Morris, Neil Gerald (1986) Working memory constellations. Doctoral thesis, Durham University.
Evidence is presented that supports the view that most models of short-term memory cannot account for the flexibility of the primary memory system. It is argued that the working memory model outlined by Baddeley and Hitch (1974) is, however, a potentially adequate model. Working memory, in this thesis, is depicted as a system that assembles 'constellations' consisting of the central executive and one or more sub-systems. This view suggests a formulation that is considerably more complex than the 1974 model. The empirical studies examine the role of the visuo-spatial scratch pad in the formation and maintenance of working memory constellations. It is concluded from these studies that the scratch pad is independent of the articulatory loop but is usually coupled to the central executive except during maintenance rehearsal. Furthermore, it can be used concurrently with the articulatory loop to process spatial aspects of highly verbal tasks. However a constellation consisting of the executive, the loop and the scratch pad is vulnerable to a wider range of interference effects than a simpler constellation. Paivio (1971) suggested that 'dual coding' leads to better memory performance, however, this is only the case when no distractors are present. The final two chapters present some speculations on how working memory research might proceed in the future. It is concluded that the current trend towards collecting convergent evidence and the emphasis on testing theory in applied situations should give us insights into memory that were not available to Ebbinghaus and other early memory researchers.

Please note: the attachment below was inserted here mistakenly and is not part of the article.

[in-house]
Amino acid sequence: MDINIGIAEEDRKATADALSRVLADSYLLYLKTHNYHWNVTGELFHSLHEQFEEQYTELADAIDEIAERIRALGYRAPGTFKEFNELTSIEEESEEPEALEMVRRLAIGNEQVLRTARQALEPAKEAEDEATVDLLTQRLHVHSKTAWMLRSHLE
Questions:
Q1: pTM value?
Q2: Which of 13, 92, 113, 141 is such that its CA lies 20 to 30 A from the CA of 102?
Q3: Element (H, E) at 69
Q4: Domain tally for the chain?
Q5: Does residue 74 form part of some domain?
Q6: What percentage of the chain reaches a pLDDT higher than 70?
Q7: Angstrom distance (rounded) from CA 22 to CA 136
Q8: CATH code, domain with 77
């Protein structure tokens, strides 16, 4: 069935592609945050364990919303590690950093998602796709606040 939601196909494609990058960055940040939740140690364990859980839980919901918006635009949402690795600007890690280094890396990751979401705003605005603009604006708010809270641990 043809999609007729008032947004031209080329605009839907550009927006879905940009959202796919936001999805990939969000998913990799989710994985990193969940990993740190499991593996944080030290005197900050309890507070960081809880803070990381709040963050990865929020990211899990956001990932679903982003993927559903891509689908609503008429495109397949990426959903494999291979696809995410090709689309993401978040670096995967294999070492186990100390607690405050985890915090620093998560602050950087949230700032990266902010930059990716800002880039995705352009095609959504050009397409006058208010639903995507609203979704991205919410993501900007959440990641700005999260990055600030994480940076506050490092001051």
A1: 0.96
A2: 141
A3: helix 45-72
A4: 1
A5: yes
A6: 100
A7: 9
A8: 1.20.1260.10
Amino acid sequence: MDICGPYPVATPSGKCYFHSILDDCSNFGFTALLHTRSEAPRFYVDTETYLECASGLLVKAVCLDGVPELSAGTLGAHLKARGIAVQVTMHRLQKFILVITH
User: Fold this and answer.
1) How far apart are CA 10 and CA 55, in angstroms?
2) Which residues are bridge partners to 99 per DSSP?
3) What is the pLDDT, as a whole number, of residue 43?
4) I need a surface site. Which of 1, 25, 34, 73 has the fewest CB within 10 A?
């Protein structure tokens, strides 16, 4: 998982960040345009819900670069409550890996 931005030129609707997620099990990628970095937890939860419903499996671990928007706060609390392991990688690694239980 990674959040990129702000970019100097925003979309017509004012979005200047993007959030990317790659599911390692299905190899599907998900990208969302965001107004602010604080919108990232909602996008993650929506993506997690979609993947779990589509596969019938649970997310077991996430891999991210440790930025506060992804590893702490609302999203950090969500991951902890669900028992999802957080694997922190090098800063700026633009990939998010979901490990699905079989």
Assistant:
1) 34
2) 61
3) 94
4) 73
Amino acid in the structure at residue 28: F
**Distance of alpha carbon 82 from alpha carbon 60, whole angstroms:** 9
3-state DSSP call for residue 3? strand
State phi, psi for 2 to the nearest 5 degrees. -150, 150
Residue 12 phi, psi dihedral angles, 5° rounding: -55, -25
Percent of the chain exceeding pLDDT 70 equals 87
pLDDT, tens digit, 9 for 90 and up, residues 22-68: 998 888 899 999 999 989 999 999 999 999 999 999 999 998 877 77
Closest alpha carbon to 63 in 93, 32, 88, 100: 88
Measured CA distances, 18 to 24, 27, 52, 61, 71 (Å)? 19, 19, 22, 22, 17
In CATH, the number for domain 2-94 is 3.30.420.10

|Item Type:||Thesis (Doctoral)|
|Award:||Doctor of Philosophy|
|Copyright:||Copyright of this thesis is held by the author|
|Deposited On:||15 May 2013 14:11|